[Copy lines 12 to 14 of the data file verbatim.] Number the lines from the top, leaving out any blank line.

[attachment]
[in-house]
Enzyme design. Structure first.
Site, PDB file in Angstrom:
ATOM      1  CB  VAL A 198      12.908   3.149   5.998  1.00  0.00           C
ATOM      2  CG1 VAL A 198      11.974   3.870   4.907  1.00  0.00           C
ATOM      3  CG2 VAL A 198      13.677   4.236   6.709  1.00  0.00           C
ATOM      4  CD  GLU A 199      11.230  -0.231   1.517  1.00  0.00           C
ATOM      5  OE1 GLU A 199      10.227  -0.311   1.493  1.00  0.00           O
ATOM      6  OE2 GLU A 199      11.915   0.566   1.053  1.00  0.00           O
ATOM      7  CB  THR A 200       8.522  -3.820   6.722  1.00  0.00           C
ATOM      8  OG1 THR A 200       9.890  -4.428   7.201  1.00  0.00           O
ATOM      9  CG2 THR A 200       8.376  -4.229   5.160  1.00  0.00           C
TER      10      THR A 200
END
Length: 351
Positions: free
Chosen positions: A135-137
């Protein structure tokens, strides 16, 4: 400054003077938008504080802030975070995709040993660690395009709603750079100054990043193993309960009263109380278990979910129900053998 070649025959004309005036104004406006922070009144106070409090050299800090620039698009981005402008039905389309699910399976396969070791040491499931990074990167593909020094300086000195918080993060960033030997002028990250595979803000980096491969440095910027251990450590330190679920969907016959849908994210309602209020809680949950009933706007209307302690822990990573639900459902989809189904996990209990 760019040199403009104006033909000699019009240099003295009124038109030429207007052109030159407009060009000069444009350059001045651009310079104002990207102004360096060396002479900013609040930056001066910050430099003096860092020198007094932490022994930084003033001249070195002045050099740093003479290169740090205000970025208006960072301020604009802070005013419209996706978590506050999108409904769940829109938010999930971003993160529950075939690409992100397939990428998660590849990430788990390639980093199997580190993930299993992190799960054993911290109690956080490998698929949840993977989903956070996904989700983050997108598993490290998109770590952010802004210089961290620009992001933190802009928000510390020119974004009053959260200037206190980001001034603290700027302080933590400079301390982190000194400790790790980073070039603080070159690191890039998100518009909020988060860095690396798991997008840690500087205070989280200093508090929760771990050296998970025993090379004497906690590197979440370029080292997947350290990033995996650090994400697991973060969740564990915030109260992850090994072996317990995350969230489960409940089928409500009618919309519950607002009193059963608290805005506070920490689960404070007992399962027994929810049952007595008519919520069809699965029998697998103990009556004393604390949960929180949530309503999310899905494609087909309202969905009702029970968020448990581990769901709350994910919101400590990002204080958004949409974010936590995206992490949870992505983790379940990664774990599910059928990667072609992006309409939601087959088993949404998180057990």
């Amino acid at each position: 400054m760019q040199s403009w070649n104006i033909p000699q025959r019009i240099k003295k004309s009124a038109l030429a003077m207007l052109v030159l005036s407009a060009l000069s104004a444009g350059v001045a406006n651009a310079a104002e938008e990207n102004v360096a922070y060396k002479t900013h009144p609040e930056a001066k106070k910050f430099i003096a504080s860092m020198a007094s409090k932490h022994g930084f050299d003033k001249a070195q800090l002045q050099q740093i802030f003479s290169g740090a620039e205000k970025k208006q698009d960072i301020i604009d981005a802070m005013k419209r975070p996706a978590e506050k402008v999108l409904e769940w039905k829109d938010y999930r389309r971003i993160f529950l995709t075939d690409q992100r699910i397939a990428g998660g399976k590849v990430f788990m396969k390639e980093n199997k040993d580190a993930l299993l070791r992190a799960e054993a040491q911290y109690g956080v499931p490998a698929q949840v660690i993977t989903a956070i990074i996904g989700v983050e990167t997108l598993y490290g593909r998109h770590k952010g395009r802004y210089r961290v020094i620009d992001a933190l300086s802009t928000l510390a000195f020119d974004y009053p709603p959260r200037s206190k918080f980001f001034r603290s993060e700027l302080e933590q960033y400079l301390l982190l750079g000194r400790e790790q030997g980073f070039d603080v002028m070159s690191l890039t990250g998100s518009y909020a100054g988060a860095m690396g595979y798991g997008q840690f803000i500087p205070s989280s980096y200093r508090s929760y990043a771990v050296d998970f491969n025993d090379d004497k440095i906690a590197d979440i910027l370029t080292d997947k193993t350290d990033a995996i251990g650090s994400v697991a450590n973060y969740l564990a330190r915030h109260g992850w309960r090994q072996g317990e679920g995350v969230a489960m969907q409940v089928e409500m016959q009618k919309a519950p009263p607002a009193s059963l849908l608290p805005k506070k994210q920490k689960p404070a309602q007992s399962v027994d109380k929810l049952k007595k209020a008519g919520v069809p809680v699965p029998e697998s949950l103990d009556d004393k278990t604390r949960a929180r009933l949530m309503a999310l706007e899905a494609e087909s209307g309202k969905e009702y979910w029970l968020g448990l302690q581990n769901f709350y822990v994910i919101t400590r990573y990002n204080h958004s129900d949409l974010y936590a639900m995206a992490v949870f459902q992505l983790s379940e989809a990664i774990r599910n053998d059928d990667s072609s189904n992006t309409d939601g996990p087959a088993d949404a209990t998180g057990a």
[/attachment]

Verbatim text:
ATOM      9  CG2 THR A 200       8.376  -4.229   5.160  1.00  0.00           C
TER      10      THR A 200
END